Archived Road Test From the January 1957 issue

The controversial "aerodynamic" MG is a true 100- mph sports car. Our best one-way speed of 101.1 mph was, to be sure, achieved with the help of a gentle zephyr at the rear, but off-setting this is the fact that we reached the full-century speed in only one mile. With a two-mile approach to the measured quarter, undoubtedly, we would have had a few more revs on the tach and a slightly quicker passage through the traps. What counts is that the "A" is an easy 15 mph faster than the TD, 10 mph faster than the TF1500, and stiff competition for such performance rivals as the Alfa Giulietta Sprint and the Porsche 1600 Speedster.

For most of us, nothing induces a friendly, responsive attitude toward a car—a willingness to be prejudiced in its favor—like a modest price. The "A" is a lot of sports car for its base price of $2195. It's almost entirely new mechanically; the only parts interchangeable with the TF are the steering rack and some front suspension components. Its body is sleek and suave and it has perhaps the first really stiff frame in the long evolution of the little hot rods from Abingdon-on-Thames.

But in spite of all the visible and hidden changes and improvements, you have only to drive the "A" around the block to recognize its old MG character. The engineer who designed the TC's noisy tappets, harsh ride, and loud exhaust system is apparently still bending over the drawing board. In spite of its contemporary look, better handling and thrustier performance, the "A" is still pure old-line MG Midget.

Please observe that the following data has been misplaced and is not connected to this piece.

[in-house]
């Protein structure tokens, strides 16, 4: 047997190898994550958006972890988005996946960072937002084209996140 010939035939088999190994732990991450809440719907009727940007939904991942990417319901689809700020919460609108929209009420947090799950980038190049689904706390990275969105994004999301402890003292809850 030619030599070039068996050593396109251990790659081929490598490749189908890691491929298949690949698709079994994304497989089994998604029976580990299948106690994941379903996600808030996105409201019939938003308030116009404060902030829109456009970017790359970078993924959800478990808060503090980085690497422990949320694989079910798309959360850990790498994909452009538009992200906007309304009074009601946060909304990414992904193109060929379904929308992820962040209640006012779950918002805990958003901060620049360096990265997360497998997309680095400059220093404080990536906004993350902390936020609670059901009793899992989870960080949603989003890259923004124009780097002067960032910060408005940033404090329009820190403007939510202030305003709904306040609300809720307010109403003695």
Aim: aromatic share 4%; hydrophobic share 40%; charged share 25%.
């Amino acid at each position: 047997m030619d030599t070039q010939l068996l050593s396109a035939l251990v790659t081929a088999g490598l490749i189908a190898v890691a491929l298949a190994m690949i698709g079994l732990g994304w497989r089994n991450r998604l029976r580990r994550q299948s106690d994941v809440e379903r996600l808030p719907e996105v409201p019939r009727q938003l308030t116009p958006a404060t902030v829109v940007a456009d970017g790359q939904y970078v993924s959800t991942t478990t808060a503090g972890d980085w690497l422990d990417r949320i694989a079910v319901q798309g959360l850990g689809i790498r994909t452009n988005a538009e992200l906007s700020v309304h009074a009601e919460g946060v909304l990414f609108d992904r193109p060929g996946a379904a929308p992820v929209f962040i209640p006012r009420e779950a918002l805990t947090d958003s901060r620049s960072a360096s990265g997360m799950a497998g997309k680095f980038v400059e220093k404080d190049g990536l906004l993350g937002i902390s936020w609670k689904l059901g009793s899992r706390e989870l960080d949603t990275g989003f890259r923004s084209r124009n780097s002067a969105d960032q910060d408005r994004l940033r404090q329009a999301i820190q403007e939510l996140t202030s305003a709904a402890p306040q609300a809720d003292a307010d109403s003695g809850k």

Like its ancestors it's a whole lot of fun to drive in spite of—or maybe because of—its imperfections. The steering as always is very quick over a large lock, and Detroit-conditioned drivers look somewhat palsied at the wheel until they sharpen their responses. Once they do, though, the alert steering naturally makes for excellent control of the machine. This steering is light, has a fairly strong self-centering action and is devoid of play. Minor road shocks are not felt through the steering wheel, but big bumps definitely are.

Another of the organs of the machine that retains the old MG's character is the gearbox. The remote shift lever is ideally at hand; stubby and short in travel, and the synchromesh is infallible. Pumping this lever through the cogs on our 5000 mile-old test car still took plenty of bicep power, but we understand that the transmission begins to limber up after seven or eight thousand miles.

The hydraulically-assisted clutch is light, strong and sure and upshifts can be made with lightning speed. Going down from third to second is slightly awkward and presents the possibility of crunching against reverse or even engaging it while moving forward at low speeds. Nevertheless, this is a good and very satisfying gearbox, despite the fact that low gear is overly low.